The two spoke briefly. For a long moment then, Jackie stared at the girl, then kissed her on the cheek. And in parting she said to the girl, “I’m very sorry I wasn’t able to visit you and the other relatives last time. But one day—not too long from now—I shall make up for it. And I shall bring the children.”

    She indicated that she wanted now for Caroline and John to see the land from which her husband’s forebears had come. And to meet the good people, the descendants of those Kennedys who had remained behind back in the 1840s, but who were still a part of them and a part of their father and of his father, too.



    His people are hers now

    Meanwhile, Jackie sits evenings in the living room of her Georgetown house and talks with Jack’s old Irish-American friends on this side of the Atlantic—his former White House advisers Kenneth O’Donnell, Larry O’Brien, Dave Powers. And with the Irish-American family Jackie now refers to as “my family”—the Kennedys. Bobby and Ted, Eunice and Jean, mother Rose. the others.

    “It’s as if,” comments a friend, “she wants to become more Kennedy herself, now that Jack is gone. So that she can raise the children to be true Kennedys. To be as gay as they. As strong. As intelligent. To be as dedicated as they to the idea of serving—one’s community, one’s nation, and one another.”



    Notes another friend: “Her entire aim now seems to be to gather as many people about her who knew and loved Jack, so that his memory remains alive for her. And so that, as celebrant of his memory, she will have story upon story about their father to pass on to the children. . . . Now nothing must be lost. With the fervor of a curator, she culls the memories of those she talks with for anecdotes about her husband, especially from his White House years.”

    Many of these stories will be, in time, available not only to Caroline and John-John, but to all the American people. The plan is to put them on tape, as told by the person or persons who were actually involved in the stories, and then to place these tapes in the proposed John F. Kennedy memorial library on the Harvard University campus.

    This idea, by the way, is reportedly Jacqueline’s—“a unique attempt,” as someone has said, “to keep her husband’s history living history . . . personal, and vivid and of the moment.”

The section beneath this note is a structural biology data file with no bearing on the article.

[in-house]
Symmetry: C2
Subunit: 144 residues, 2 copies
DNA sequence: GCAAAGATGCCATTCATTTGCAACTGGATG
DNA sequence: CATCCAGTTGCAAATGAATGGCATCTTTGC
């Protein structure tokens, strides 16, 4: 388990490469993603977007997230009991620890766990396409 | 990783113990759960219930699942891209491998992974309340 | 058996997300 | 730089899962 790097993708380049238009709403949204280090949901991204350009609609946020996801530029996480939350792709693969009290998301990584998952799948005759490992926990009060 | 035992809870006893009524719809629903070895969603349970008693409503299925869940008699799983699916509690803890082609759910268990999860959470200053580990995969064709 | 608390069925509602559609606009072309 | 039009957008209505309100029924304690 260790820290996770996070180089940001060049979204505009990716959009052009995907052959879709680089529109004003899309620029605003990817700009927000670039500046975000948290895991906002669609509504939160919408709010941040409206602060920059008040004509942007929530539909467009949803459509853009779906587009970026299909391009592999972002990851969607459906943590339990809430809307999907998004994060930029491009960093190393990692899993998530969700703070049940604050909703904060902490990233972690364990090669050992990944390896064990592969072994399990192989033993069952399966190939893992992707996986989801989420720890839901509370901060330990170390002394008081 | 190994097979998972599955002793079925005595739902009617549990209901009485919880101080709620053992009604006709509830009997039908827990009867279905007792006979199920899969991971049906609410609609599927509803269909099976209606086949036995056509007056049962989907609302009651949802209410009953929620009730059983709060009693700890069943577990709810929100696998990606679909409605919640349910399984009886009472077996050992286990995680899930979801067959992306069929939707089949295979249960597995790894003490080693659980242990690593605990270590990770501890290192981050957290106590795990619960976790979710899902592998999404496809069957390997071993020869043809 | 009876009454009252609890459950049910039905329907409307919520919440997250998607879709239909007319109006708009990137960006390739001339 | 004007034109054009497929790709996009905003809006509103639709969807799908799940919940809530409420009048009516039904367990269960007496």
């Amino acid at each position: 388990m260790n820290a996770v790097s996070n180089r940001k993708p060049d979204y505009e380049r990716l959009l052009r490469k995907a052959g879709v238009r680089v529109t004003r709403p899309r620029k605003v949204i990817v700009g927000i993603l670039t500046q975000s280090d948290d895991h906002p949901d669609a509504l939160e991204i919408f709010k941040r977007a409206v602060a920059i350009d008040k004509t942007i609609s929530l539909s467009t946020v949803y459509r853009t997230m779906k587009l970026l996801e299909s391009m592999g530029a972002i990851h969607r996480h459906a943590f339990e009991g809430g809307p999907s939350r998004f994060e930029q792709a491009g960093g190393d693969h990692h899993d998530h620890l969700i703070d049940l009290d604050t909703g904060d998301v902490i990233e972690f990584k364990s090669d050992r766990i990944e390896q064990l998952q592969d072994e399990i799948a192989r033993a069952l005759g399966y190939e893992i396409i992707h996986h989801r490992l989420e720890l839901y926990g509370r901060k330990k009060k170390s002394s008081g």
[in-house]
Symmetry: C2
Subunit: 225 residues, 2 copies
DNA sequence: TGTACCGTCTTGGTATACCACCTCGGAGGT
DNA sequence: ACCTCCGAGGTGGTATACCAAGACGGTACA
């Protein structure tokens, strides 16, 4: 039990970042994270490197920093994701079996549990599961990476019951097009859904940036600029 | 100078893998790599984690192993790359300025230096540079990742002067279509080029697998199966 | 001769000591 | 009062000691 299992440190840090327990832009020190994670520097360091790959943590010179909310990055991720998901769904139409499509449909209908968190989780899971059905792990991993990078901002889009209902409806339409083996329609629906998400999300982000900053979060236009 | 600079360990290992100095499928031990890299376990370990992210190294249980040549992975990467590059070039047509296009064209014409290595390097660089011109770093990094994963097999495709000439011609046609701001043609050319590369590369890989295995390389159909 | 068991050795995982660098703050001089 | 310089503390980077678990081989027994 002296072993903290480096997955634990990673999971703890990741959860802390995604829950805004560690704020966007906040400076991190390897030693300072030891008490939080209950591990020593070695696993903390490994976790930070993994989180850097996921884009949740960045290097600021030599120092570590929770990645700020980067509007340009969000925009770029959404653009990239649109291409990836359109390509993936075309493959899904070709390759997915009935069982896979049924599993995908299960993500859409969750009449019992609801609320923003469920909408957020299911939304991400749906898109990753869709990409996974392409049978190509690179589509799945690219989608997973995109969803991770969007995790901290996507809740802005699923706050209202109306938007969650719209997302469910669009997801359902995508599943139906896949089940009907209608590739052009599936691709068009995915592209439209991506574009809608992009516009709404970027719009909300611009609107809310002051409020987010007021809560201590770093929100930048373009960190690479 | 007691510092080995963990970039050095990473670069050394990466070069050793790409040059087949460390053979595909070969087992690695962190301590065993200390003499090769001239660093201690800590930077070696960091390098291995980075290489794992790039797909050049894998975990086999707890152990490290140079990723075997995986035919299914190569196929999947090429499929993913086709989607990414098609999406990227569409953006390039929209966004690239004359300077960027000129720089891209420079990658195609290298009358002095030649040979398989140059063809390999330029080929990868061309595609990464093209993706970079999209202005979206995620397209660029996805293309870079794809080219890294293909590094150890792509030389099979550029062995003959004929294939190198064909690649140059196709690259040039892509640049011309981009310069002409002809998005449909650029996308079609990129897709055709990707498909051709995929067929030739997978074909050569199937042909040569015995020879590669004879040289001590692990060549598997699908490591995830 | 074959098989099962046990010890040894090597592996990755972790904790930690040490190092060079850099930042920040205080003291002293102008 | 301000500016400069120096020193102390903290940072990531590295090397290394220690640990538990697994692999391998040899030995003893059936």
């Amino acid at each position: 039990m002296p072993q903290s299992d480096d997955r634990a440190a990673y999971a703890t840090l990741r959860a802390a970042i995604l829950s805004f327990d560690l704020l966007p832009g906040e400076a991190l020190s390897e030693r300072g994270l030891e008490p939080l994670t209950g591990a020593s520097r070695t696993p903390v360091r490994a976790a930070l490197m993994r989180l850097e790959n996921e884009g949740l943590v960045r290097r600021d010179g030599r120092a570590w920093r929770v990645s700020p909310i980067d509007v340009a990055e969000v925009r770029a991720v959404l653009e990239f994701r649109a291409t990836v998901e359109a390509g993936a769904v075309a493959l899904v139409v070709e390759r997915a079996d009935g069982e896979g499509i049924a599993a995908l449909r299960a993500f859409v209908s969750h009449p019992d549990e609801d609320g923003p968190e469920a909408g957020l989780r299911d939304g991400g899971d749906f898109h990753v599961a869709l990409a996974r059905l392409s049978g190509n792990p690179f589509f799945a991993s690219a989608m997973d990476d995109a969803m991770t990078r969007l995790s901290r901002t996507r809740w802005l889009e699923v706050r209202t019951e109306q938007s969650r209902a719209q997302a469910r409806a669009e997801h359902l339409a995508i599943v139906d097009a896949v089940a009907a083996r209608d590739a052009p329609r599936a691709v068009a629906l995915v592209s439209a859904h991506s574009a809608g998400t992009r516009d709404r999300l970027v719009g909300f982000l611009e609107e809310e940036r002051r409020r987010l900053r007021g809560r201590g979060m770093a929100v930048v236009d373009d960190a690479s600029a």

Some of the stories to be taped are little known—and touching. Stories of how JFK interceded for able government aides shunted aside through red tape or bureaucratic bungling. The story of how he once notified each of his World War II shipmates from the PT-109 that they, above all other men—kings and ministers and premiers and such—had ready and immediate access to his office wherever he was and whenever they needed him.

    Some of the stories are humorous—like this one told by New York Herald Tribune writer Bill Haddad: “Once, not too long ago, Kennedy set out to ‘harass’ one of his Congressional buddies by calling him at just about the time the final glass of wine was being poured at a candlelight dinner. ‘Congressman,’ the President would start, ‘there is an urgent matter which has just come up.’ And then the President would launch into a discussion of some obscure piece of legislation . . . The Congressman told friends: ‘What do you do? After all he is the President, and I can’t just hang up on him!’ ”



    Continues Haddad: “His light touch even filtered through to more serious matters. Once, when he needed to borrow a key man from a hard-pressed agency, he sent this wire to the reluctant top man: “ ‘Ask not what your country can do for you, but what you can do for your country’!”

    Some of the stories which Jackie now collects are not so much stories as word-pictures of her late husband—among which a favorite is said to be this one, written by reporter-humorist Fletcher Knebel: “Jack Kennedy can quote from the classics, poke fun at himself, be as aloof as Charles de Gaulle or as convivial as an Irish baritone, eat gallons of fish chowder, fume like dry ice, drive a car like a fugitive from justice, go weeks without wearing a hat, read esoteric French philosophy, take three showers a day, face physical hazards without a ripple of nerves, lead others with assurance, be casually gracious, nap anywhere at any time, play practical jokes, remember a fact or a face for decades and qualify, in the words of one university adviser, as ‘a guaranteed, certified egghead.’ ”